For this study, researchers wanted to see if taking raloxifene reduces the risk of invasive breast cancer in women.


The Multiple Outcomes of Raloxifene Evaluation (MORE) was a multicenter, randomized, double-blind experiment that tracked women receiving raloxifene or placebo for a median of 40 months (SD, 3 years) at 180 clinical facilities in 25 countries, mostly in the United States and Europe, from 1994 to 1998. A total of 7705 postmenopausal women under the age of 81 (mean age, 66.5) years old were diagnosed with osteoporosis, which was defined as the occurrence of vertebral fractures or a femoral neck or spine T-score of at least 2.5 SDs lower than the mean for young healthy women. Almost the majority of the participants (96%) were Caucasian. Women with a history of breast cancer or who were on estrogen were not allowed to participate. Histopathology has verified new cases of breast cancer. In 1781 women, transvaginal ultrasonography was performed to investigate the endometrial effects of raloxifene. A chart review was used to identify whether the patient had deep vein thrombosis or pulmonary embolism.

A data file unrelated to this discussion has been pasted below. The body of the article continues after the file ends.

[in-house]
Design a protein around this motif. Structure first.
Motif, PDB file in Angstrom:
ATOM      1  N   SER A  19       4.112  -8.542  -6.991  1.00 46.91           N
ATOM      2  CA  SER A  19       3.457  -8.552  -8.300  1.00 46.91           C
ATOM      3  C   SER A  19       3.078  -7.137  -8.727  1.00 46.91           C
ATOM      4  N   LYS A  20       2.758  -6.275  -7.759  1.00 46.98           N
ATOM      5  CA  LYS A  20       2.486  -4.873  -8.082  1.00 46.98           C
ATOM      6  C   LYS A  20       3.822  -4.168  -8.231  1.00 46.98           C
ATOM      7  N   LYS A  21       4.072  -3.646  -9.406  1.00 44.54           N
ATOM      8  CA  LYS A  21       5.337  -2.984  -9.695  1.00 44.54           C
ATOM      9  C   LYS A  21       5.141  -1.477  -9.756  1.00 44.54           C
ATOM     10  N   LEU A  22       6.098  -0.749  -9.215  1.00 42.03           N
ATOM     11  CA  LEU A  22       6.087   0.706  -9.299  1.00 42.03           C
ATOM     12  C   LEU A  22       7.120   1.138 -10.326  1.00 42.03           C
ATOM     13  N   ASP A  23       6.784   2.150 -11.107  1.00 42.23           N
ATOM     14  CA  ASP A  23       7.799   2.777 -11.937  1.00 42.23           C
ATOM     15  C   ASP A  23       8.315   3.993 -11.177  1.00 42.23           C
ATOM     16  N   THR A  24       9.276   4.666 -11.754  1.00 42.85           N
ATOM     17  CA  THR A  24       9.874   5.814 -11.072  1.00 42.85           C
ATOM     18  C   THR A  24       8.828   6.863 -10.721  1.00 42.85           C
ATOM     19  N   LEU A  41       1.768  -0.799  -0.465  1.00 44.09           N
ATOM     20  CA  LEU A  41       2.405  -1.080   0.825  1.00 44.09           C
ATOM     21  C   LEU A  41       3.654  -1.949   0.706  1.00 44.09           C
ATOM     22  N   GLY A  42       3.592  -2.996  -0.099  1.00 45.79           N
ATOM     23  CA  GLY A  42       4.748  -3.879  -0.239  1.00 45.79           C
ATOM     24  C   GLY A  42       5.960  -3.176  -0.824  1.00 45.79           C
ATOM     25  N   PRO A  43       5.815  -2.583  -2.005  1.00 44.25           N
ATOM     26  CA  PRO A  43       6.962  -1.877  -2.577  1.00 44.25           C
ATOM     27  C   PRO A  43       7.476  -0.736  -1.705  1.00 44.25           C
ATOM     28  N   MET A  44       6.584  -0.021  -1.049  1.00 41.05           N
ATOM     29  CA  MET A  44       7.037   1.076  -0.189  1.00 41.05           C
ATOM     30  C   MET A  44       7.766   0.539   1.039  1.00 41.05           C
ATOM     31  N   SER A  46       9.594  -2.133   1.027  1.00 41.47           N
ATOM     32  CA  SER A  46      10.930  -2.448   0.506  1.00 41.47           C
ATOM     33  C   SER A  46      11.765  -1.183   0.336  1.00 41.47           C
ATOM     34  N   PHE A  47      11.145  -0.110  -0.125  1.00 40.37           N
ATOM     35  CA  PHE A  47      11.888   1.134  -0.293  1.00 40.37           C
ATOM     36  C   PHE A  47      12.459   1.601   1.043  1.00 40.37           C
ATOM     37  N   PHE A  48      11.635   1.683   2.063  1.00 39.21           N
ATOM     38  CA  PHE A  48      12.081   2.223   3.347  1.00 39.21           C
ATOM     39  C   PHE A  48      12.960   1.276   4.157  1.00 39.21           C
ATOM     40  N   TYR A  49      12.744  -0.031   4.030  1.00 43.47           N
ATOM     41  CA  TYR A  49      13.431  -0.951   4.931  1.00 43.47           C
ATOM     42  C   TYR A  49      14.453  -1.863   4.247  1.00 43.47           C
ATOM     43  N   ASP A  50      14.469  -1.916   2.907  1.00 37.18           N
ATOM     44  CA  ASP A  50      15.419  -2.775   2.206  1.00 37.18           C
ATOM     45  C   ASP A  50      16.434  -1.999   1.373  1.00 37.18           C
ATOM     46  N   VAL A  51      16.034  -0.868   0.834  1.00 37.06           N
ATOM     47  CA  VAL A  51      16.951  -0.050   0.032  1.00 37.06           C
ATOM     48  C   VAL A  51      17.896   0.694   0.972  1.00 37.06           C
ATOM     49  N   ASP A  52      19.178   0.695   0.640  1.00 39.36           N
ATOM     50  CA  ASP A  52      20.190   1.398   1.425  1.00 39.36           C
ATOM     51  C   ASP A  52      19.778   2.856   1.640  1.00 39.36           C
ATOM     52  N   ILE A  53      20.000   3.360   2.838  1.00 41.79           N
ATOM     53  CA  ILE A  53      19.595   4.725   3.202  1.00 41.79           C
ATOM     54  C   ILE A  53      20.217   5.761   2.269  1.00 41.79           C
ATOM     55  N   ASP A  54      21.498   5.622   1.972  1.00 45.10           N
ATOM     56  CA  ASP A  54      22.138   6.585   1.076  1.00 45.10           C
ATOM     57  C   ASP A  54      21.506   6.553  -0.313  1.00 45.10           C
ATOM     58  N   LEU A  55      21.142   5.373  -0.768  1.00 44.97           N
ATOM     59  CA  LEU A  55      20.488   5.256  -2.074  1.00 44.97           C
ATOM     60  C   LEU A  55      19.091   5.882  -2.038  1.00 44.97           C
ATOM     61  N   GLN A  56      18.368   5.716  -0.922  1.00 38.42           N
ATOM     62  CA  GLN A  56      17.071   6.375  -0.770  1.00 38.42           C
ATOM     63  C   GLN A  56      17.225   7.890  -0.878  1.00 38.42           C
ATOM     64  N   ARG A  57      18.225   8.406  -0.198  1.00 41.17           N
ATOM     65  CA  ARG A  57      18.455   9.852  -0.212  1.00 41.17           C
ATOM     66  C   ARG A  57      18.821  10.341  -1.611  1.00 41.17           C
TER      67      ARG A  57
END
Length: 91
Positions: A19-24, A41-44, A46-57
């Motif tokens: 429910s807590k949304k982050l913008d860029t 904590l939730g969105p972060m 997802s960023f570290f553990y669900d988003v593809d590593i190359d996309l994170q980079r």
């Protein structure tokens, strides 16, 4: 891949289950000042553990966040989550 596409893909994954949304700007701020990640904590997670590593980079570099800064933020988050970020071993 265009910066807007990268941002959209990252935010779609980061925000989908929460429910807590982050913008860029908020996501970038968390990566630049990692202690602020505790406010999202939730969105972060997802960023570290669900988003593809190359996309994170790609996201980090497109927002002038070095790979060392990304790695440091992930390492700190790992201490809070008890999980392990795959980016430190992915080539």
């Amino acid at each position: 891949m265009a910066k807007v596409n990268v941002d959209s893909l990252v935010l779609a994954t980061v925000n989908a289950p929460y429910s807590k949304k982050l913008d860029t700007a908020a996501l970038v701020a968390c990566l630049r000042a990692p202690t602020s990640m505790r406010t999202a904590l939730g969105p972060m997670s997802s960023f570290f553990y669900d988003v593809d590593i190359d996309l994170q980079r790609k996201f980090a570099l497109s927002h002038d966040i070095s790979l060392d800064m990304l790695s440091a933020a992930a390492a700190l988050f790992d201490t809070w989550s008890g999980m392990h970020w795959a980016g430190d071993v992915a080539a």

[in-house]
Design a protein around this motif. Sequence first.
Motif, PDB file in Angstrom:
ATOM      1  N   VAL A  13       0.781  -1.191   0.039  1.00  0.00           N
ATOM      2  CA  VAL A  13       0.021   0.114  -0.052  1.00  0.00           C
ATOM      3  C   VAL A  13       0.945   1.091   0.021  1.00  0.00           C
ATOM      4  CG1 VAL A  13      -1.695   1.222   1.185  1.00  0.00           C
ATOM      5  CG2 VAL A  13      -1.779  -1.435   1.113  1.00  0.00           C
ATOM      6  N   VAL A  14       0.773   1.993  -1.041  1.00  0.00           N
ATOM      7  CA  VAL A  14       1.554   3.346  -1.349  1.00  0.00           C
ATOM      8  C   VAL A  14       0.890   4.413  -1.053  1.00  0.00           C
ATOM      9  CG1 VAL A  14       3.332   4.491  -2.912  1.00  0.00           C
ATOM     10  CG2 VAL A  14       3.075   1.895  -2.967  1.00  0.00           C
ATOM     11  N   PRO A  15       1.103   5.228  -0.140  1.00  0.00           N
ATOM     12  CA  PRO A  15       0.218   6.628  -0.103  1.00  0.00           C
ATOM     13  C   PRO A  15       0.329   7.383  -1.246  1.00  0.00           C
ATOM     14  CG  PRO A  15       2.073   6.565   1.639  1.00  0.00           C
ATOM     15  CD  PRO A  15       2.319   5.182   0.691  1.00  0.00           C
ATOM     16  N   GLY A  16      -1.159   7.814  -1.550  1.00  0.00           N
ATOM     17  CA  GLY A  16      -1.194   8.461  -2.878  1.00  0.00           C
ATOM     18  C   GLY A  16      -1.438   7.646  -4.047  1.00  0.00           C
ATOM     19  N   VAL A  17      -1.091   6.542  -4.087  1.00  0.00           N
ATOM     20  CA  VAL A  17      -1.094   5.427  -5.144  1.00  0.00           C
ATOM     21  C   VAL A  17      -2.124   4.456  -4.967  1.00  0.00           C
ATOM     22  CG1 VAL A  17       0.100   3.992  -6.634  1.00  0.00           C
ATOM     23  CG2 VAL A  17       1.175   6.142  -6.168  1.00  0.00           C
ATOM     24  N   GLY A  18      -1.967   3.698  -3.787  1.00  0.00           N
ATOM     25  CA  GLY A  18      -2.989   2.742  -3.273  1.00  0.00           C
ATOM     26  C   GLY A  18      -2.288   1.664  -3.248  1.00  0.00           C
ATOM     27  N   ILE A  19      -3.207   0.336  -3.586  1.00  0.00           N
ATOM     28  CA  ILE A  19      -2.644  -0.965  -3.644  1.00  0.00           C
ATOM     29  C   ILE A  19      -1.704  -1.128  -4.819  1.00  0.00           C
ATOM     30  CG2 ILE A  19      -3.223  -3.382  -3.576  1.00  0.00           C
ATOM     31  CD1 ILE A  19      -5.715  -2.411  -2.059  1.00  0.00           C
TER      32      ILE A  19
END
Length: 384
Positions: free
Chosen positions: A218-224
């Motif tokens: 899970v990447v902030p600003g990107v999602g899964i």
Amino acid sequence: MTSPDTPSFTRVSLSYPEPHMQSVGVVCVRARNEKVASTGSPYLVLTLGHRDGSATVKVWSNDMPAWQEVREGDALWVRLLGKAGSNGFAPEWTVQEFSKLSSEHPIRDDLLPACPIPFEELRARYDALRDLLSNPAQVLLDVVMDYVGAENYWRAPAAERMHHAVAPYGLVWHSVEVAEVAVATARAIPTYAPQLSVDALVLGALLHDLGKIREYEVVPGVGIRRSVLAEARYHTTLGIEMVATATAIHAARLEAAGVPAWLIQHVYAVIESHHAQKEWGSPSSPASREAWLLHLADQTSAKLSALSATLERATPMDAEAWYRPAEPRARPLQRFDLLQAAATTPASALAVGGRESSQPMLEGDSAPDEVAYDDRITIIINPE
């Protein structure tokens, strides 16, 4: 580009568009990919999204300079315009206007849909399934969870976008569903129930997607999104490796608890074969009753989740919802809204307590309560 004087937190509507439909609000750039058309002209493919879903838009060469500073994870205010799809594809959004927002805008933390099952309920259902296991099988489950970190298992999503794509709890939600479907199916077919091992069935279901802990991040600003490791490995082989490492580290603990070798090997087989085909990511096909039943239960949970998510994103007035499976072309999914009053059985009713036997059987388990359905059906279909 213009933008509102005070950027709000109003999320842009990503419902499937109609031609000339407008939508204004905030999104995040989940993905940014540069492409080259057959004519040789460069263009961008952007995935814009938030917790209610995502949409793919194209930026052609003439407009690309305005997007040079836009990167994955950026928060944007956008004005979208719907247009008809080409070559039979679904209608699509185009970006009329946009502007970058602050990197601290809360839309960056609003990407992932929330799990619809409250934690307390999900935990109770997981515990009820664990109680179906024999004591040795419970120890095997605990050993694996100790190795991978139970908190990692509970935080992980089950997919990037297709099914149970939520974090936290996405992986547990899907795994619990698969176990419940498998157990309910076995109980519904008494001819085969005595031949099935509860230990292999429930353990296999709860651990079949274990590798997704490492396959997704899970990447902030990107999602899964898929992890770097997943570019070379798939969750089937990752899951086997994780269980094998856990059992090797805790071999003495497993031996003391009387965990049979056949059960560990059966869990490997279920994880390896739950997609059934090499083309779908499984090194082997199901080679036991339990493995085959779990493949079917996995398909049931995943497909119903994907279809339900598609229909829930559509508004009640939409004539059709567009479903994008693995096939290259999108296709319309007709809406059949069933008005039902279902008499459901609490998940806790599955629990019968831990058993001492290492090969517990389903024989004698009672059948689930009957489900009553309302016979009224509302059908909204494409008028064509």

Thirteen occurrences of breast cancer were confirmed among the 5129 women who received raloxifene, compared to 27 cases among the 2576 women who received placebo (relative risk [RR], 0.24; 95% confidence interval [CI], 0.13-0.44; P<.001). 126 women would need to be treated to prevent one instance of breast cancer. Raloxifene reduced the incidence of estrogen receptor-positive breast cancer by 90% (RR, 0.10; 95% CI, 0.04-0.24), but not estrogen receptor-negative invasive breast cancer (RR, 0.88; 95% CI, 0.26-3.0). Raloxifene increased the risk of venous thromboembolic illness (RR, 3.1; 95% CI, 1.5-6.2), but not endometrial cancer (RR, 3.1; 95% CI, 1.5-6.2). (RR, 0.8; 95% CI, 0.2-2.7).